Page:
In Game 5, the Mets held the lead even longer than in Game 4. Curtis Granderson, the Mets' most consistent player all season including the playoffs, gave Matt Harvey a 1-0 lead with a leadoff-home run in the bottom of the first inning.

You can never overestimate the importance of grabbing the lead in any game, especially a season-saving game.

Harvey protected the lead for eight shutout innings and the Mets' disappearing offense did scratch out a second run in the 6th on a sacrifice fly by Lucas Duda.

Yet as we look back in hindsight, the Royals had the Mets where they wanted them. This year's deserving Kansas City champions broke all kinds of records for scoring runs in the late innings.

And sure enough after Harvey talked manager Terry Collins into letting him pitch the 9th inning, Lorenzo Cain led off with a full count walk. Collins left Harvey in and Eric Hosmer followed with a run-scoring opposite field double.

It was now 2-1 with the tying run on second with no one out. Hosmer was pumped because his error had contributed to the Mets' second run.

Collins brought in closer Jeurys Familia. He did get ground balls from the three batters he faced. But with Hosmer on third and one out, the final defining moment of this Series came.

Catcher Salvador Perez, the unanimous MVP for his solid hitting and handling of the pitching staff, hit a grounder between third and short. Either David Wright or shortstop Wilmer Flores could have handled the tricky hop.

Wright fielded it cleanly but turned his back on Hosmer, no speed merchant but a clever baserunner. Wright threw out Perez at first base, but Hosmer broke for home and Lucas Duda's throw was way off the mark. The game was now tied 2-2.

After leading since the first inning, it was a tremendous blow to the Mets. You could almost see the body language sag, maybe most in team captain Wright.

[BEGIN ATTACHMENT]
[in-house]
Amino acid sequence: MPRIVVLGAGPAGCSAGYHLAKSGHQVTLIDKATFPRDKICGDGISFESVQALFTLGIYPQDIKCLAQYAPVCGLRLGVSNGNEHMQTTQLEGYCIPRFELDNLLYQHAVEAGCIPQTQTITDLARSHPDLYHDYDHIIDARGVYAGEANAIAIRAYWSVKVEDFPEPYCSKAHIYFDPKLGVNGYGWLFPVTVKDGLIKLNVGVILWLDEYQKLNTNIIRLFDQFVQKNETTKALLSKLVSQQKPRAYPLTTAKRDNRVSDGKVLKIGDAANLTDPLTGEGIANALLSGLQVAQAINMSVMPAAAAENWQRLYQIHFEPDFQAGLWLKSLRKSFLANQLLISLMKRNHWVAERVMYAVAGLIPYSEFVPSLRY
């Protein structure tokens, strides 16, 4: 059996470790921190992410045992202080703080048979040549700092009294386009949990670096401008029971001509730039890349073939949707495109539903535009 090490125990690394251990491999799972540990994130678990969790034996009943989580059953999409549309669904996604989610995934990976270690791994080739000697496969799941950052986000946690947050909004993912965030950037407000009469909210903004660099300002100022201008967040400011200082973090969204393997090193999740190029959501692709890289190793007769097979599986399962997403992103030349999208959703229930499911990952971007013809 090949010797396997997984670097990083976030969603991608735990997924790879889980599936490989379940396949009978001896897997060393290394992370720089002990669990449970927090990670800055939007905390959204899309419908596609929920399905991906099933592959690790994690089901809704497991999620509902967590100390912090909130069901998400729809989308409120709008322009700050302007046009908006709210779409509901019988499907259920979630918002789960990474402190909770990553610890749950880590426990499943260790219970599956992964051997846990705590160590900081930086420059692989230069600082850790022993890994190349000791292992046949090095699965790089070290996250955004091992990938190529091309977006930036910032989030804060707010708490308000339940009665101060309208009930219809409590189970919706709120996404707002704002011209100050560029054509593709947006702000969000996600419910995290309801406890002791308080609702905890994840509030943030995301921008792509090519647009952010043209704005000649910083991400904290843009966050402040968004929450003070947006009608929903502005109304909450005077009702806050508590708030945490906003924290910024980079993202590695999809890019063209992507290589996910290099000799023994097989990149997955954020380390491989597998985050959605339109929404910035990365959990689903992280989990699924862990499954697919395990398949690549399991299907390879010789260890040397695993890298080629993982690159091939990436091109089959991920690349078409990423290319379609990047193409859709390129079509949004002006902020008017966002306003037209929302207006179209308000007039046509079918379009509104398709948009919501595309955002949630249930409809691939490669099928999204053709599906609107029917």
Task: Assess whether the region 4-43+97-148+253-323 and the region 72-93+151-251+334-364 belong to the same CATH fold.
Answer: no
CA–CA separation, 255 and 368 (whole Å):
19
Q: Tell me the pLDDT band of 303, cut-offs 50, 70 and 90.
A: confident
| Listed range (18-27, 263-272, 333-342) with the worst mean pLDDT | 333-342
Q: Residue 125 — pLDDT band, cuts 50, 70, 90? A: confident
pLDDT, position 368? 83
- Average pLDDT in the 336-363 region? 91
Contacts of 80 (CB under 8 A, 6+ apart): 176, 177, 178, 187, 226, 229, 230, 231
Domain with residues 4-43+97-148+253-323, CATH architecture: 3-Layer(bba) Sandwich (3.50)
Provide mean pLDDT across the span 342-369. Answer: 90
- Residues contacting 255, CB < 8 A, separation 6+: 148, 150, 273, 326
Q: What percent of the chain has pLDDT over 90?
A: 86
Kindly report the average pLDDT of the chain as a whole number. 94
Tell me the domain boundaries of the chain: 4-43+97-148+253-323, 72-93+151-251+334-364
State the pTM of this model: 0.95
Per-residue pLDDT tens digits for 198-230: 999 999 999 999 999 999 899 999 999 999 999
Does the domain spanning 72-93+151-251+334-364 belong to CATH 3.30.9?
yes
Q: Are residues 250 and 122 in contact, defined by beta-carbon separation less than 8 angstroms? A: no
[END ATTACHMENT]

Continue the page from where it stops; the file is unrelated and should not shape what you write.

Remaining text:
To quote Yogi Berra, it was deja vu all over again. The memory of Halloween night's loss had to be fresh.

They were two outs from victory in Game 1 in Kansas City when Alex Gordon homered off Familia. The pattern was becoming very apparent. Great teams have great mental toughness as well as great talent and the Mets were exposed as having neither.

Once the Royals tied Sunday night's game it seemed inevitable that they would win. And sure enough, they pushed 5 runs across in the 12th. The lead-gaining single was a pinch-hit by reserve infielder Christian Colon who hadn't swung a bat in a game for over 40 days.

Redemption came to the Royals and it was richly earned. They left the tying run on third base in Game 7 last year against Madison Bumgarner and the SF Giants. They dedicated this year to changing the Series outcome and they sure fulfilled their dream.

Now winter has come for those of us who dearly baseball. The Mets provided many great thrills for their fans. Their great young starting pitchers all performed well under the brightest lights. That should augur very well for their future.

But the Mets obviously need better defense and more consistent offense. Murphy and Cuban defector Yoenis Cespedes were thoroughly held in check by the Royals. Both may leave as free agents.

Much too early to handicap next season. Every year is always different.

For 2015 let us hail the Kansas City Royals who richly deserved their title.

That's all for now. Always remember: Take it easy but take it!